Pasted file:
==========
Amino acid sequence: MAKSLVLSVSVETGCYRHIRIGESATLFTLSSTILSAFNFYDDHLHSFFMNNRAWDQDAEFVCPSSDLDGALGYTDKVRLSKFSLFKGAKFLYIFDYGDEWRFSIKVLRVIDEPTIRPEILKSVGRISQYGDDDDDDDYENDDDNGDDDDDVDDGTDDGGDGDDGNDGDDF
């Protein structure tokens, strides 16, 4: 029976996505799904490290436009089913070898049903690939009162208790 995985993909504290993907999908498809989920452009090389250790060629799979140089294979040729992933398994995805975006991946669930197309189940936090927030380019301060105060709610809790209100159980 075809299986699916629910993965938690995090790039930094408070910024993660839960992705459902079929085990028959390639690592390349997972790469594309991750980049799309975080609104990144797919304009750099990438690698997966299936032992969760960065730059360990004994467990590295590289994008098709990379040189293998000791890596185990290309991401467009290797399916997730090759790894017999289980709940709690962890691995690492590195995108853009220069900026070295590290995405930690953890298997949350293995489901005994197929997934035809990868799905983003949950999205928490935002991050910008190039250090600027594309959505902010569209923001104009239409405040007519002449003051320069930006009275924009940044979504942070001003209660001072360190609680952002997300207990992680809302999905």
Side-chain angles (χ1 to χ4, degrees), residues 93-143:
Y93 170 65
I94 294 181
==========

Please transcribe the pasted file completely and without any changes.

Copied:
Amino acid sequence: MAKSLVLSVSVETGCYRHIRIGESATLFTLSSTILSAFNFYDDHLHSFFMNNRAWDQDAEFVCPSSDLDGALGYTDKVRLSKFSLFKGAKFLYIFDYGDEWRFSIKVLRVIDEPTIRPEILKSVGRISQYGDDDDDDDYENDDDNGDDDDDVDDGTDDGGDGDDGNDGDDF
């Protein structure tokens, strides 16, 4: 029976996505799904490290436009089913070898049903690939009162208790 995985993909504290993907999908498809989920452009090389250790060629799979140089294979040729992933398994995805975006991946669930197309189940936090927030380019301060105060709610809790209100159980 075809299986699916629910993965938690995090790039930094408070910024993660839960992705459902079929085990028959390639690592390349997972790469594309991750980049799309975080609104990144797919304009750099990438690698997966299936032992969760960065730059360990004994467990590295590289994008098709990379040189293998000791890596185990290309991401467009290797399916997730090759790894017999289980709940709690962890691995690492590195995108853009220069900026070295590290995405930690953890298997949350293995489901005994197929997934035809990868799905983003949950999205928490935002991050910008190039250090600027594309959505902010569209923001104009239409405040007519002449003051320069930006009275924009940044979504942070001003209660001072360190609680952002997300207990992680809302999905």
Side-chain angles (χ1 to χ4, degrees), residues 93-143:
Y93 170 65
I94 294 181